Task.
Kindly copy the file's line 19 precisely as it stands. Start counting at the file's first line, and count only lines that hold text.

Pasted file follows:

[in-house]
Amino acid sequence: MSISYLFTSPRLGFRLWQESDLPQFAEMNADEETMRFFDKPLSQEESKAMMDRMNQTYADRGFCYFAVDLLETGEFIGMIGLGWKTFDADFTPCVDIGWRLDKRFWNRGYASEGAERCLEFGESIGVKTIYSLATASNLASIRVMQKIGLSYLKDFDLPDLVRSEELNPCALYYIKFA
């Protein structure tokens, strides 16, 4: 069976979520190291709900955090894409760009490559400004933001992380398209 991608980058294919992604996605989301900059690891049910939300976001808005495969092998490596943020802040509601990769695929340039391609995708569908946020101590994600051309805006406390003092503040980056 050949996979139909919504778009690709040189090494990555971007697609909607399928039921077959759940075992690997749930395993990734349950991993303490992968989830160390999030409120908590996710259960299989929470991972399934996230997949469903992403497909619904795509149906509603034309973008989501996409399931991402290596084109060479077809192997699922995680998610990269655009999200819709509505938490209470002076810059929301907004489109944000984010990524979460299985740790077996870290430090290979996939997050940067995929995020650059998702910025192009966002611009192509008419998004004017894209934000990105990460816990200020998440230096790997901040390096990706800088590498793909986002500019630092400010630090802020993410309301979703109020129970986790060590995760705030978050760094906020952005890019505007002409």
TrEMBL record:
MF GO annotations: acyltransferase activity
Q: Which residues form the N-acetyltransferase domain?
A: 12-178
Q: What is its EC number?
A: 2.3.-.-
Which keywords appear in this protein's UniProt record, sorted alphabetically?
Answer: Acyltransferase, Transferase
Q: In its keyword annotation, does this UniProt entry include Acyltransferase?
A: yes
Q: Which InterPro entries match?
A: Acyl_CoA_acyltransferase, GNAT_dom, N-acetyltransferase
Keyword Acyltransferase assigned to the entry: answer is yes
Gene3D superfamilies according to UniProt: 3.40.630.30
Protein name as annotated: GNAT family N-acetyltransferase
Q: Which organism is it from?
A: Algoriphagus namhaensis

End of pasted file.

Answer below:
Q: Which organism is it from?